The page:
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Movie Review: Midnight in Paris

Woody Allen's fun fantasy stars Owen Wilson and Rachel McAdams

Kurt Fuller as John and Mimi Kennedy as Helen in Midnight in Paris

Courtesy Sony Pictures Classics

Kurt Fuller as John and Mimi Kennedy as Helen in <i>Midnight in Paris</i>.

Directed by Woody Allen
Rated PG-13
Runtime: 100 mins.

En español  |  A sweet, tangy meringue that delicately balances romance, fantasy and satire, Woody Allen’s Midnight in Paris delivers much more than its frothy premise suggests. It starts out as a somewhat standard-issue Allenesque talkfest — a collection of richer-than-thou Americans alternately loving and loathing their stay in the City of Light — and then morphs into a head-spinning urban tall tale.

From the start, we recognize the usual stable of Allen character prototypes: There’s Gil, the uneasy protagonist (Owen Wilson, an able stand-in for Woody himself); Inez, the beautiful but annoying fiancée (Morning Glory’s Rachel McAdams); her privileged dry-as-brut parents (Kurt Fuller and Mimi Kennedy); and others. For the first half-hour, as Gil whines about how he hates his life as a TV writer and longs for the romance of Paris in the 1920s, we wonder if this film will be anything more than 90 minutes of Woody rumination.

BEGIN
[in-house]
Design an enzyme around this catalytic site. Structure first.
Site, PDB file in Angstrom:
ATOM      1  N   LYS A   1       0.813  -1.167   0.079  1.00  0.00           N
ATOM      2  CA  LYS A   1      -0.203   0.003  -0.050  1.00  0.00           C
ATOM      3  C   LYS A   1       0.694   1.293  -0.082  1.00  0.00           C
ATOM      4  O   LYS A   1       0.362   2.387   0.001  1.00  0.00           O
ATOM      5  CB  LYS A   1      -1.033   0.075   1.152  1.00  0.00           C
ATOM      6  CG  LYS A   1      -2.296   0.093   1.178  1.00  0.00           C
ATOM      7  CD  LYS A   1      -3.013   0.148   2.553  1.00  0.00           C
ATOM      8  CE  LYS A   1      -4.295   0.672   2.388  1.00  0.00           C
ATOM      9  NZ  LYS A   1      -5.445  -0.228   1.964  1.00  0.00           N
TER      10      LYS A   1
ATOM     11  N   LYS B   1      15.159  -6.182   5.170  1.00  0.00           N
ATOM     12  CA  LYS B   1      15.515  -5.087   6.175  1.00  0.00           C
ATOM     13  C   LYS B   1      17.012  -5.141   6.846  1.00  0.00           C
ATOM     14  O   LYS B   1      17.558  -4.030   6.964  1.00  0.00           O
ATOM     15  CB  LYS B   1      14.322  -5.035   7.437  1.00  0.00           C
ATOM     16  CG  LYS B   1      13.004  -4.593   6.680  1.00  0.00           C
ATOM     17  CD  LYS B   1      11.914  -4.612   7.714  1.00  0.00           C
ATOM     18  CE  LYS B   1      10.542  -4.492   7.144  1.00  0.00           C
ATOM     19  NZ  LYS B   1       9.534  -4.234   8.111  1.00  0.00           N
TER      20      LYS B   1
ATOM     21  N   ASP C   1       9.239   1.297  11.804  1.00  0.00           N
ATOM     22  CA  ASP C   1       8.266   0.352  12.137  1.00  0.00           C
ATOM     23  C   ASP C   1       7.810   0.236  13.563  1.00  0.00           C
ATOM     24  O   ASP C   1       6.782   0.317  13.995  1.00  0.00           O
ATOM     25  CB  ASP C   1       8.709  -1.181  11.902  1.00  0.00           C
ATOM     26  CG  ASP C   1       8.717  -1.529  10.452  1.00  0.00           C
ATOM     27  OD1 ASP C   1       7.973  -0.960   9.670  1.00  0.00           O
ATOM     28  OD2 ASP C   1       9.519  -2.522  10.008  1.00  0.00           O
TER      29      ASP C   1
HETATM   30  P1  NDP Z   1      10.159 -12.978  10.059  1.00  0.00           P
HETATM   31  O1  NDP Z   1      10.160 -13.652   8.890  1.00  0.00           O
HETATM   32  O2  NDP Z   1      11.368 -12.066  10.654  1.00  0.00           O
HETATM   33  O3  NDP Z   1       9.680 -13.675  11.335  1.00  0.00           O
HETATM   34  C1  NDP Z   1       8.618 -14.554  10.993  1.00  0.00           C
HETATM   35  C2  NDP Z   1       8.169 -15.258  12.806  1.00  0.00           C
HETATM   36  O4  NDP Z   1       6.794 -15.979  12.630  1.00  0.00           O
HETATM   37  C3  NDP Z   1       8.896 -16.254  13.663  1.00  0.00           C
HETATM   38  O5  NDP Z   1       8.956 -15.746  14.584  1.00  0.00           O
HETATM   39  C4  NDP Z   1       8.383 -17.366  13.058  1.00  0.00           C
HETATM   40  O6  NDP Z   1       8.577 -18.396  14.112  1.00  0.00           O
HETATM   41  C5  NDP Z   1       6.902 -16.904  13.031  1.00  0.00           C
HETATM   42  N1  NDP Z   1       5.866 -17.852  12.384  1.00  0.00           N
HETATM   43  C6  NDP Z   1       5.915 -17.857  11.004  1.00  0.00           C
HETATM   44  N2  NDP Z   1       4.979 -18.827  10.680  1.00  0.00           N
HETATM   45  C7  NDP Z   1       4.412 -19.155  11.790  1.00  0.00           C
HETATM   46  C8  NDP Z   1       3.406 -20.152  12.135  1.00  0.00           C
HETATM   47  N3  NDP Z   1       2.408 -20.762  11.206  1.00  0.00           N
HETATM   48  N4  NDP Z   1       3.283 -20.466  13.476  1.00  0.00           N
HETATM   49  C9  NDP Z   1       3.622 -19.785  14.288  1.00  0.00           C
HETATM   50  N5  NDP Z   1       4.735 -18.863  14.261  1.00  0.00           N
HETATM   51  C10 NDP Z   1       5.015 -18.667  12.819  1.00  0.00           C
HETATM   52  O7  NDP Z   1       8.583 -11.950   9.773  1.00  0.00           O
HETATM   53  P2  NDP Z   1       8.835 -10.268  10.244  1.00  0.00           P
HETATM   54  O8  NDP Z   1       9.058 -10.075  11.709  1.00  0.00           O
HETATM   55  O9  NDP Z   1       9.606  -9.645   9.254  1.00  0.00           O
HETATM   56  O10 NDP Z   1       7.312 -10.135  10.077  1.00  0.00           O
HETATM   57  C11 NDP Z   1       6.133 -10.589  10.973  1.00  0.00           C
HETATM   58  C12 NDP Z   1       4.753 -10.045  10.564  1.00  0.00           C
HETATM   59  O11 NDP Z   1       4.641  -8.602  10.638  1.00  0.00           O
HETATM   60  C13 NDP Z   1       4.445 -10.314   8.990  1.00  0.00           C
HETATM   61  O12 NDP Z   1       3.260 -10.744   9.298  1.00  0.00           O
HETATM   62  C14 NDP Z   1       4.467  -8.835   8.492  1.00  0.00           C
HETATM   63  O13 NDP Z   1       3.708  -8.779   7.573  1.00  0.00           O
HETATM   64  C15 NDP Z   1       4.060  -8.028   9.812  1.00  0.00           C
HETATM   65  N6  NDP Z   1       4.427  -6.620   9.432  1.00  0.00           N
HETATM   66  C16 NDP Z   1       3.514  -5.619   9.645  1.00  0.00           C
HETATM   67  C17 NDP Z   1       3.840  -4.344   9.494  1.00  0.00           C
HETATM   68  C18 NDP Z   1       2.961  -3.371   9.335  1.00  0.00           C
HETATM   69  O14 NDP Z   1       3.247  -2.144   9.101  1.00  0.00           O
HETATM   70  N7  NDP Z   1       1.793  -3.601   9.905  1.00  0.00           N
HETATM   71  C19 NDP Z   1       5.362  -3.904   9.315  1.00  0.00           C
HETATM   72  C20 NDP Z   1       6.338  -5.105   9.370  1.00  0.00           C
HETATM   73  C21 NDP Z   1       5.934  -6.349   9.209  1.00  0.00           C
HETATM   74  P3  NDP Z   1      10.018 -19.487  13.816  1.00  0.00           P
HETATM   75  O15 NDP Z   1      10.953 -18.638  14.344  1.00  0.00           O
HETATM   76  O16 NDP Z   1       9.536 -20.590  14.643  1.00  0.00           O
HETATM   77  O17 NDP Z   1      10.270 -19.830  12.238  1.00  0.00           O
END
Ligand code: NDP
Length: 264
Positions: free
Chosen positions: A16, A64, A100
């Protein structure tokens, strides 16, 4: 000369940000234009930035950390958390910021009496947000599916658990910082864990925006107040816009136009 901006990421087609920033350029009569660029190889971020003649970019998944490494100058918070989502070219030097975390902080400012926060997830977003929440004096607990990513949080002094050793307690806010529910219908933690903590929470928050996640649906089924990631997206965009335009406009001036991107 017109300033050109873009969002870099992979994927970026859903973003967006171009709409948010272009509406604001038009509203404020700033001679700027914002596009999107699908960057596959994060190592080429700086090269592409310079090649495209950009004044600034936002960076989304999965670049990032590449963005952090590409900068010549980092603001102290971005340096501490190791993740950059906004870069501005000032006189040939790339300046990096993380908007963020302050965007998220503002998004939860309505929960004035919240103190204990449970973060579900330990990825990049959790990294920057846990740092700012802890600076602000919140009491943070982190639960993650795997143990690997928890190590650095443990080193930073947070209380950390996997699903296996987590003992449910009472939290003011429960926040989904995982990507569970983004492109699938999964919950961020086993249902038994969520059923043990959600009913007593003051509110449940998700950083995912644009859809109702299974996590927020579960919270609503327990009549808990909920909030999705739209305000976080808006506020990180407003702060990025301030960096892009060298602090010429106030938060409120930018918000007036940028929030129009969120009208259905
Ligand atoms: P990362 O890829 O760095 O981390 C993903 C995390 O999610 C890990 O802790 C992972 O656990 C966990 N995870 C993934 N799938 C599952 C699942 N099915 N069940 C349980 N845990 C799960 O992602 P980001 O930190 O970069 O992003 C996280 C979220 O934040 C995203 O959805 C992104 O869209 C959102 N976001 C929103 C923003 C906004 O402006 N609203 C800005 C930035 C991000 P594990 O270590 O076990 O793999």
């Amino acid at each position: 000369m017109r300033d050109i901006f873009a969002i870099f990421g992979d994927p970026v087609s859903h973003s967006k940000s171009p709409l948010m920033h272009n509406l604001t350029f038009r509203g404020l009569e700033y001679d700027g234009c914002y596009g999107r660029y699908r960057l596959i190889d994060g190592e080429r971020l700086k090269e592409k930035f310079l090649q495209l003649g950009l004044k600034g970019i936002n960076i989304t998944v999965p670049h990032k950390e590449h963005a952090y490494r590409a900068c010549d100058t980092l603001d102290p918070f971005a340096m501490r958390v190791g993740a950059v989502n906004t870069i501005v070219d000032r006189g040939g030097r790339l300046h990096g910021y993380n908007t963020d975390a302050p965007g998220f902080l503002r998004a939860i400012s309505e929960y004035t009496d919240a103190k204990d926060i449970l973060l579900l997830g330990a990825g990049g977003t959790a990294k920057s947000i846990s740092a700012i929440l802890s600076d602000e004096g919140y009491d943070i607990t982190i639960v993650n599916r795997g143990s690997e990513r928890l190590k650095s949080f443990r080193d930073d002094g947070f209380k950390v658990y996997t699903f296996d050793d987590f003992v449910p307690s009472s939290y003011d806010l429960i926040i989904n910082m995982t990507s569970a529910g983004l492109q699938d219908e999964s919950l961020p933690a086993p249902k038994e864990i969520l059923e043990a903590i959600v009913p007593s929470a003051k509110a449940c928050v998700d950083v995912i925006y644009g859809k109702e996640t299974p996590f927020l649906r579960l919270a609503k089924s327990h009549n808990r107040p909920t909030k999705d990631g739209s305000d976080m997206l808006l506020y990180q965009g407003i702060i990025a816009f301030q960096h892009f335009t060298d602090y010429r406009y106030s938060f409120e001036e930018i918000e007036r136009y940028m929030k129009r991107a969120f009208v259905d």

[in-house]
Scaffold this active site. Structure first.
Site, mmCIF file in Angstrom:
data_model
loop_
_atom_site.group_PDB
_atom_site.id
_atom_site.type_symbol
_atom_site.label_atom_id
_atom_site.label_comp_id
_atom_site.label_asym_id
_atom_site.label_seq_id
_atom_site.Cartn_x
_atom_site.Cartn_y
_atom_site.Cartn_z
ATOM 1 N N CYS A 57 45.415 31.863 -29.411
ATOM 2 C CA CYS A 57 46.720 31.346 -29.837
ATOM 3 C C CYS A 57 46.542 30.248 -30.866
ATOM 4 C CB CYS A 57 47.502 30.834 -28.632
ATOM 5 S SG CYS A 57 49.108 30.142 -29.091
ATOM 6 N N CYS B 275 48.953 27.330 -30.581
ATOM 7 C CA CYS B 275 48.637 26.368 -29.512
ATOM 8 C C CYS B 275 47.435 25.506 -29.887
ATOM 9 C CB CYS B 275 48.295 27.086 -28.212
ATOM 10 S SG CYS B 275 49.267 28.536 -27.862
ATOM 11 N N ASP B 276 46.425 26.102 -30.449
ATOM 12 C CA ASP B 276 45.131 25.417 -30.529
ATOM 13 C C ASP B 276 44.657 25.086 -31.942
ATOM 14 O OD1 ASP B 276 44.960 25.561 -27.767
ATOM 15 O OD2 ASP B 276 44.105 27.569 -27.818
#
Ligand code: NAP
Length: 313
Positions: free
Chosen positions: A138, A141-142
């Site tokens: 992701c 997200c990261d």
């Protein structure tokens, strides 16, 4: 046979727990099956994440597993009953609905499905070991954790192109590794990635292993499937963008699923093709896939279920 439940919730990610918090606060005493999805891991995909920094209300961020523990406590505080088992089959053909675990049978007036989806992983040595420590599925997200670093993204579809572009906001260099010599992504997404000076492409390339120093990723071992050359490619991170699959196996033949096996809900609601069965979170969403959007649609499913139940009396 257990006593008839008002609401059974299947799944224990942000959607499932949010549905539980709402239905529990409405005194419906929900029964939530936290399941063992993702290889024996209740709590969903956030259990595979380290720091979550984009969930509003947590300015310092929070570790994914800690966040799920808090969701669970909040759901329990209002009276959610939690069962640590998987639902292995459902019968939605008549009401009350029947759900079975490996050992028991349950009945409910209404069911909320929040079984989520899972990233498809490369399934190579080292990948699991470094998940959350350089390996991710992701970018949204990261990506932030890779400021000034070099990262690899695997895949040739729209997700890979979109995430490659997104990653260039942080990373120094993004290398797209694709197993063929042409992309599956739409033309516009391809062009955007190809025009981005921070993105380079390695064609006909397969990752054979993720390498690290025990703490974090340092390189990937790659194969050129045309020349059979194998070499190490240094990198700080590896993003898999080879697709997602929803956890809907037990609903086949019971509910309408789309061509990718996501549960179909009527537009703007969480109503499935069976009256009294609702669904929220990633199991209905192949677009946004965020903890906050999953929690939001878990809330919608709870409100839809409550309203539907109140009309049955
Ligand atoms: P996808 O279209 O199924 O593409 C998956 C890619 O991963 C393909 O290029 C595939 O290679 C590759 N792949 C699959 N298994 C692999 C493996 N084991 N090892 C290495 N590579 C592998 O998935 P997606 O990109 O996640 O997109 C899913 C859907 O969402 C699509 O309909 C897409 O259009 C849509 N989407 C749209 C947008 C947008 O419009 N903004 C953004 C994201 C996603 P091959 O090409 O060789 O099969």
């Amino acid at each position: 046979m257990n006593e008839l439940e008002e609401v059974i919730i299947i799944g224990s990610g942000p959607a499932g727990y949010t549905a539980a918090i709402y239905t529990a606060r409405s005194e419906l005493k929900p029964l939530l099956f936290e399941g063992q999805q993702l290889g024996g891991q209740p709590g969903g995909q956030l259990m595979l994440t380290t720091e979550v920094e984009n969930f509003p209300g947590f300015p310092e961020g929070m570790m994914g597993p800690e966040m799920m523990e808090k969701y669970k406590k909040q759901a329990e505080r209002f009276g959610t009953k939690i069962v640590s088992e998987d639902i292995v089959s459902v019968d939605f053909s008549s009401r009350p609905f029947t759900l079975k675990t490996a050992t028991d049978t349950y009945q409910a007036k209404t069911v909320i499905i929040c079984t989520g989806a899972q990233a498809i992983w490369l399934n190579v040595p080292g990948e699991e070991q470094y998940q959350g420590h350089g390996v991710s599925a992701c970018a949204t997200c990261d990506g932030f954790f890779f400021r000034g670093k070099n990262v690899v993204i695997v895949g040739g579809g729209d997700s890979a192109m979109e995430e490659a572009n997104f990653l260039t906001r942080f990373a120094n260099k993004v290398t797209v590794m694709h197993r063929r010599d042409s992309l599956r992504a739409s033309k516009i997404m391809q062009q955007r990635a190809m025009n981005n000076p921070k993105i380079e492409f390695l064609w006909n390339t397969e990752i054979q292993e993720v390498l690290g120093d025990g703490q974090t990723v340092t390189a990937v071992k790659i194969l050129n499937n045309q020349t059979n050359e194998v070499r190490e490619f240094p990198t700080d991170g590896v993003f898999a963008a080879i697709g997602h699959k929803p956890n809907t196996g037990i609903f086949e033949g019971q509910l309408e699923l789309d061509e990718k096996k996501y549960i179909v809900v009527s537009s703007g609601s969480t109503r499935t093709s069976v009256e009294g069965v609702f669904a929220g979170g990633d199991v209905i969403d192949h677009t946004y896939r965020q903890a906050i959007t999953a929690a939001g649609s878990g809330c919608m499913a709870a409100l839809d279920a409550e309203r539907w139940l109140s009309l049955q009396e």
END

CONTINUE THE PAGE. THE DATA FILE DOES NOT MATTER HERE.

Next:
But suddenly, as a tipsy Gil wanders the dark streets and the Parisian clocks strike the witching hour, Midnight in Paris becomes a different movie completely. Allen turns his usual conventions upside-down, and if it’s true that this is not quite the movie we came to see, it’s a welcome hijacking. The trailers and posters seem to go to great lengths to keep us from getting in on the joke too early, and I’m going to respect that here. But I will note that the published list of characters includes the provocative names of Salvador (a wild-eyed Adrien Brody), Ernest (an intense Corey Stoll) and a struggling young artist named Pablo (Marcial Di Fonzo Bo) — all of whom gather in the parlor of an American writer named Gert (Kathy Bates).

With the same playful touch that he conjured for his dreamlike The Purple Rose of Cairo and Everyone Says I Love You, Allen lifts his characters from the doldrums of daily life and sets them down in something that can only be described as magical. Those of us who longed for the return of “Funny Woody” in the wake of his masterful, if ultimately gloomy, Cassandra’s Dream, Vicky Cristina Barcelona and You Will Meet a Tall Dark Stranger will get what they wish for in Midnight in Paris. That, and a whole lot more.